I have a few ideas about
identity management. The mobile money laundering
article begins with a premise about Brittany a 'personal entertainer' (my description), who uses electronic payments to collect fees from her clients and to make her purchases because they are allegedly more anonymous than cash.
Well I'm not too sure about that. I would have thought Brittany would be a strictly cash sort of girl, or otherwise have a legitimate front like most professionals. Some simple ID procedures would make it more difficult do otherwise.
Money laundering is however common, and illegal and I'm not going to begin to suggest how to fix it all, although I'd suggest any payment provider made sure they had a good handle on the issue. It is often in the realm of fraud and some fraud prevention
mechanisms help to stifle such practices.
The Real Problem - IDENTITY
The weakness which enables so much fraud and criminality is in the way we carry out identity verification and management. We are all worse off because of it.
The 'know your customer' obligation on FI's is supposed to reduce fraud, and after all, money-laundering is usually defrauding someone, perhaps the tax man for instance, and this goes part of the way to make it harder.
Sure we could use our mobile and transfer some money by SMS, a protocol which flies around in open text and right through the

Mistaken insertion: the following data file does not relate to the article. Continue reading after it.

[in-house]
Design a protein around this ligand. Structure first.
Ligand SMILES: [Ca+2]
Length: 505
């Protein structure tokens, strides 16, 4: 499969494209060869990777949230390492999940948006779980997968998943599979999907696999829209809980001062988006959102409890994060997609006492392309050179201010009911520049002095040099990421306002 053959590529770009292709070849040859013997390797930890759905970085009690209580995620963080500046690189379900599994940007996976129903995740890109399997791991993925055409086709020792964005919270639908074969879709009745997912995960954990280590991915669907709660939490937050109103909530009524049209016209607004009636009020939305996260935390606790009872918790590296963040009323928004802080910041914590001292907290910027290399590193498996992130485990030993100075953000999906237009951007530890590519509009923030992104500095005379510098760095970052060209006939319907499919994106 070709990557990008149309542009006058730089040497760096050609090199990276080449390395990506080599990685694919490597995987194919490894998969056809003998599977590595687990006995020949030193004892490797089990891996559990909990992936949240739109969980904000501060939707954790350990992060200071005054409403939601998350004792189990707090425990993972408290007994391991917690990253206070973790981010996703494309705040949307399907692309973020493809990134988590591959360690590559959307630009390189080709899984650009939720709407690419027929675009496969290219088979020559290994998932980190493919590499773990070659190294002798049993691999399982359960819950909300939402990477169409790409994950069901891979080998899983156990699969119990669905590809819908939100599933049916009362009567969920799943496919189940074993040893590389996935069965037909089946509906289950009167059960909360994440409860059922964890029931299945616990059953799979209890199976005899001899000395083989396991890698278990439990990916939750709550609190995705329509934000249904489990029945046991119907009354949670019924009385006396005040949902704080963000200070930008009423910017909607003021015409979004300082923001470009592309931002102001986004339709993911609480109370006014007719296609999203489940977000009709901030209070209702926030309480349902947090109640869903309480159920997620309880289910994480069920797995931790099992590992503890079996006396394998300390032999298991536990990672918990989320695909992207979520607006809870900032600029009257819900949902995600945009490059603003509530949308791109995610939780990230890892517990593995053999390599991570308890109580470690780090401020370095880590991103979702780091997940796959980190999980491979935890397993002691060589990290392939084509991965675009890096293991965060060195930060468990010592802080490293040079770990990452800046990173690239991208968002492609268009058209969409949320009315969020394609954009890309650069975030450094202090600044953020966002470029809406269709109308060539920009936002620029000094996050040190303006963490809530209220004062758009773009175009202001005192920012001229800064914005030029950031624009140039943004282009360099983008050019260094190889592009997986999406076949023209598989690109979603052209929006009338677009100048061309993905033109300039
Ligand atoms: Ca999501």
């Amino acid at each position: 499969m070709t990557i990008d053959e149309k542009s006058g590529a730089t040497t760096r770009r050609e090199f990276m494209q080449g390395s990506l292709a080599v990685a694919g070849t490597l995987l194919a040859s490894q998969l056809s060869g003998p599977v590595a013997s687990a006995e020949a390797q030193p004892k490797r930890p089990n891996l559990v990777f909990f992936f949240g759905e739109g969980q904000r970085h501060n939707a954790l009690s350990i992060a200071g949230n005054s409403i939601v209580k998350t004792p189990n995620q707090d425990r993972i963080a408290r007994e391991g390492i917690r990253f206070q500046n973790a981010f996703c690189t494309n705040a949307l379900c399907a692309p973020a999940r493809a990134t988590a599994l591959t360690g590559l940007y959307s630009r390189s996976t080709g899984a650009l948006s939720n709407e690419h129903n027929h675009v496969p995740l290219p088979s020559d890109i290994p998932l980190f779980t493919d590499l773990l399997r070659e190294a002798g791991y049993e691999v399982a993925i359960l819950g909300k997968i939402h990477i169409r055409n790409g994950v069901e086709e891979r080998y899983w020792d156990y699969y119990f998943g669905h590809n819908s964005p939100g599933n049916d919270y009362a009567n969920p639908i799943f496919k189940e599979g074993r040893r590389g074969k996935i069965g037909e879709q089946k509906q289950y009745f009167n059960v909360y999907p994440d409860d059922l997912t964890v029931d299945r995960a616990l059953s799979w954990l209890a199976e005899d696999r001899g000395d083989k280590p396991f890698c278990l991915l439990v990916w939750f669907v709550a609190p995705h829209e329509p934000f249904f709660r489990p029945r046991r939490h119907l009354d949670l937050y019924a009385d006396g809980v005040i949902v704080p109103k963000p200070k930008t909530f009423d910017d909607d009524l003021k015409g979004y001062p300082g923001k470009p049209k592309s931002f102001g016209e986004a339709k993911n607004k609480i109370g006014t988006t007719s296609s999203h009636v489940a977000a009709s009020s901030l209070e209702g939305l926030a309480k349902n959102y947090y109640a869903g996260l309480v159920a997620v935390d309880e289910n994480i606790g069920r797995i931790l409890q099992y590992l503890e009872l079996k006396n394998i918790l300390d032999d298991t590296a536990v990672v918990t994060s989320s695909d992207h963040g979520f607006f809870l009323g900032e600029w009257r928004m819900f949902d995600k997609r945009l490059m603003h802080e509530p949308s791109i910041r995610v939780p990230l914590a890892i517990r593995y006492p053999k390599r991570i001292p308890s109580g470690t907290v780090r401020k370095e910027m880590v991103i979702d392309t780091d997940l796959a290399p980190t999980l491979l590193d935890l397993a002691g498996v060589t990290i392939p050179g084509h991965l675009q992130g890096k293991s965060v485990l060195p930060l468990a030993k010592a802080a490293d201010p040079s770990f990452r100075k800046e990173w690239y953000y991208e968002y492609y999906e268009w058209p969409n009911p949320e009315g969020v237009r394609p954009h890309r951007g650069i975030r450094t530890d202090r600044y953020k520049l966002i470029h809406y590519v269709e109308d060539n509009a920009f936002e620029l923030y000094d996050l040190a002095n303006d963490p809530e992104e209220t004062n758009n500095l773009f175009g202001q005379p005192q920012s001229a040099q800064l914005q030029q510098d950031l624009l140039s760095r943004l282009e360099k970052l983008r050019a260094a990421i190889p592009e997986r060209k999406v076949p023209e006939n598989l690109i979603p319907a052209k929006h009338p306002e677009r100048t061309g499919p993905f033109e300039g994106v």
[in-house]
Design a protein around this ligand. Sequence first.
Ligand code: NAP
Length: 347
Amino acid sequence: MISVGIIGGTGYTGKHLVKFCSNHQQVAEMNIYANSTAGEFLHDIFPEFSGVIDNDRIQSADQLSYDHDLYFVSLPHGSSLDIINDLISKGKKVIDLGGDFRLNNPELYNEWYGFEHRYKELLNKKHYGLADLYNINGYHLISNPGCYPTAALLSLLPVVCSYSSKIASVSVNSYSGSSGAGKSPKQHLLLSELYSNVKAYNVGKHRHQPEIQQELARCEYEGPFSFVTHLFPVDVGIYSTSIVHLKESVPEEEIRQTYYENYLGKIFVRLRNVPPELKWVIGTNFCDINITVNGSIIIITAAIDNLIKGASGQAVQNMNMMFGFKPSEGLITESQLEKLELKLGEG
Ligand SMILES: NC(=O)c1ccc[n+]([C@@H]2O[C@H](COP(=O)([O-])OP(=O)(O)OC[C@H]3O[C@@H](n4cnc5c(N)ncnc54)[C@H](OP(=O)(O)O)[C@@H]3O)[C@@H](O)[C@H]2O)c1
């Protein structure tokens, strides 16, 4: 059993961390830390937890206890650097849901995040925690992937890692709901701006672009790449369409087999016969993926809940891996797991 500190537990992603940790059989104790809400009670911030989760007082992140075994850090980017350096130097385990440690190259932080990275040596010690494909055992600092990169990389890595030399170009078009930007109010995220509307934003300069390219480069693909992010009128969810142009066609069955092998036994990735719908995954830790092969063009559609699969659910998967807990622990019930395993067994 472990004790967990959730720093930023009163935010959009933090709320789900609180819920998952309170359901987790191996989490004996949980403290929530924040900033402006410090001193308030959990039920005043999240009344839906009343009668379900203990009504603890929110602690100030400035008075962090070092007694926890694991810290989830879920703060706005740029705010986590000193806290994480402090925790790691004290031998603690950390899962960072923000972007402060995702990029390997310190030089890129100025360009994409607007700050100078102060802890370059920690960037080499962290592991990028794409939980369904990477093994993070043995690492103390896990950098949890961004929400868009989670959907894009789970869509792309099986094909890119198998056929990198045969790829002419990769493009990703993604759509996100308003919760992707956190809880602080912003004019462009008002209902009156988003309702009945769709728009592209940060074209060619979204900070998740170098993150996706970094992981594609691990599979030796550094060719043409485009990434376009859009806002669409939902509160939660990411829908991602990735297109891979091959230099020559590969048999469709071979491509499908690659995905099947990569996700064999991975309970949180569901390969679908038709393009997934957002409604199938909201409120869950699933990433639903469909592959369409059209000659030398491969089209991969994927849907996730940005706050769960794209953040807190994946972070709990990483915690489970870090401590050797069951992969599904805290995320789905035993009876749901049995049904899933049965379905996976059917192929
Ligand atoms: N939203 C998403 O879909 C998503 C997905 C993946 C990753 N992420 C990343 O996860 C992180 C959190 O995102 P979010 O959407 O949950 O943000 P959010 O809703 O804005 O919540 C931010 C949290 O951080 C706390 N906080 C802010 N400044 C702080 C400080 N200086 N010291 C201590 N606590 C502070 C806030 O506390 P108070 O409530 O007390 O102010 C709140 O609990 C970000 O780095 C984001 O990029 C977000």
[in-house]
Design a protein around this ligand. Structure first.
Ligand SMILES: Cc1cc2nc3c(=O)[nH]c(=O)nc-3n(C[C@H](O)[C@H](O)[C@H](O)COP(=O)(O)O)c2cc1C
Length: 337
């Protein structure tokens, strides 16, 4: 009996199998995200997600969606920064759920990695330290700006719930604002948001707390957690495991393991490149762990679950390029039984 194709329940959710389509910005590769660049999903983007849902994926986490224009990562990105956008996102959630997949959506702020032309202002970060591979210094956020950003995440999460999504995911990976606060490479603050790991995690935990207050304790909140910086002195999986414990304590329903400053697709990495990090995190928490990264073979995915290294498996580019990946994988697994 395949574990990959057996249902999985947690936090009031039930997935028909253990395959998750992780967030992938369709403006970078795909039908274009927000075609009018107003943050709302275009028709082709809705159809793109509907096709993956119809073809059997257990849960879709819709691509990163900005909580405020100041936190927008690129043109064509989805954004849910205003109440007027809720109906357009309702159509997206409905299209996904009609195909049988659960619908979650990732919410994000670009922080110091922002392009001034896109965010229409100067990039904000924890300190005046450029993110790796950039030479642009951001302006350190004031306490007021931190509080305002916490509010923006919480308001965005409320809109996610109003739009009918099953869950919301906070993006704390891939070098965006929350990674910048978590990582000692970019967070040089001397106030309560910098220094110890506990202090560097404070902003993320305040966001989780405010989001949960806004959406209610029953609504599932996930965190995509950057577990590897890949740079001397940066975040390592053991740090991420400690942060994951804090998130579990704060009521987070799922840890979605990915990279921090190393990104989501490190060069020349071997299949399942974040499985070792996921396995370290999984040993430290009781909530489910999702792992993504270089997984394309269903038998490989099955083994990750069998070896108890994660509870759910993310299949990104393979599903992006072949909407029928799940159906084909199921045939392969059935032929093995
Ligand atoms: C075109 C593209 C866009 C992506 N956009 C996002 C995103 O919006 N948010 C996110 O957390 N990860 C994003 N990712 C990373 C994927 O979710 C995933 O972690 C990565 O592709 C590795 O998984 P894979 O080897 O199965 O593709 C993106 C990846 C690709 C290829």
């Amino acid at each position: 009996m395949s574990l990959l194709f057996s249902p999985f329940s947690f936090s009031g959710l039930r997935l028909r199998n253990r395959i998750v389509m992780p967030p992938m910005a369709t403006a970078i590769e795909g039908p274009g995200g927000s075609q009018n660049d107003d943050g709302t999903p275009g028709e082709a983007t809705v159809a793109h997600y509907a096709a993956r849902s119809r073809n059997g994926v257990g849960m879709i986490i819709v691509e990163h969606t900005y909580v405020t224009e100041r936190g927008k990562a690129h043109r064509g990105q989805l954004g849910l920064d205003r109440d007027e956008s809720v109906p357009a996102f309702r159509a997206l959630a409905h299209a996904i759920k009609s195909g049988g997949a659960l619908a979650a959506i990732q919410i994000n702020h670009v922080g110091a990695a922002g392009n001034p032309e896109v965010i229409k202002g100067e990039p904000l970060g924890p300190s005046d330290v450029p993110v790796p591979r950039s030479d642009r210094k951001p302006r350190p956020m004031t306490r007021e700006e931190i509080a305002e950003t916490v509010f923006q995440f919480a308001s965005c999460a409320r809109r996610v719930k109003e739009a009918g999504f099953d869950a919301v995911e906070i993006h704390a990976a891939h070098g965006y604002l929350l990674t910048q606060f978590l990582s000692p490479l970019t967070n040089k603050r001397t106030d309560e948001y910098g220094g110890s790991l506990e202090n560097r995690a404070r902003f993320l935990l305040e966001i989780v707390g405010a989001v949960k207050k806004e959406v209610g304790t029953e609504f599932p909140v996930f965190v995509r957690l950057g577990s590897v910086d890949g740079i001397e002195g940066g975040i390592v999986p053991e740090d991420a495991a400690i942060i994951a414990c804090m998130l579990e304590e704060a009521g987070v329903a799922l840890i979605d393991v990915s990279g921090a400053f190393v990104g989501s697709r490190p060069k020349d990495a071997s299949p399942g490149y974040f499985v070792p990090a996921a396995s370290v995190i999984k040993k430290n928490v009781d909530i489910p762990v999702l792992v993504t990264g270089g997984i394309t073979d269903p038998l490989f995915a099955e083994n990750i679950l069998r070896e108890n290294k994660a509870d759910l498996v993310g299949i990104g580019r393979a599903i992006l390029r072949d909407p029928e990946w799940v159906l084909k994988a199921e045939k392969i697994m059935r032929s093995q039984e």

CALEA machine hooked into the phone system and already available to everyone from the local UK council to the FBI. There has been much comment on the viability of searching and sifting these sorts of records continuously to detect criminal or undesired
behaviour. Originally available after gaining a warrant targeting an individual or group, it is now used to chase terrorists, child pornographers and drug dealers with limited success. Mostly this is like trying to cure the symptom rather than the disease.
Do we really need to squander resources sifting endless information trying to spot a crime?
I suppose a call or message could be 'encrypted'. That wouldn't attract attention either, would it? Just like those guys with their scrambler phones, they may as well put flashing lights and targets on their foreheads. Its a simple matter to 'quiz' the phone
system to look for that sort of thing.
Many countries require a mobile phone subscriber to identify themself when they activate a SIM. That process is currently flawed. A slightly different approach would see more effective accountability.
The right approach would link your identity to your life in real-time but include the controls to empower you to decide when, and to whom, that information is provided. Anywhere it is unnecessary by law, and the objective can be achieved without revealing
your data, it would become a matter of your personal choice as to what you reveal and to whom.
Individuals want to protect their identity and governments have a responsibility to empower them to do it.
Back to the mobile, simply.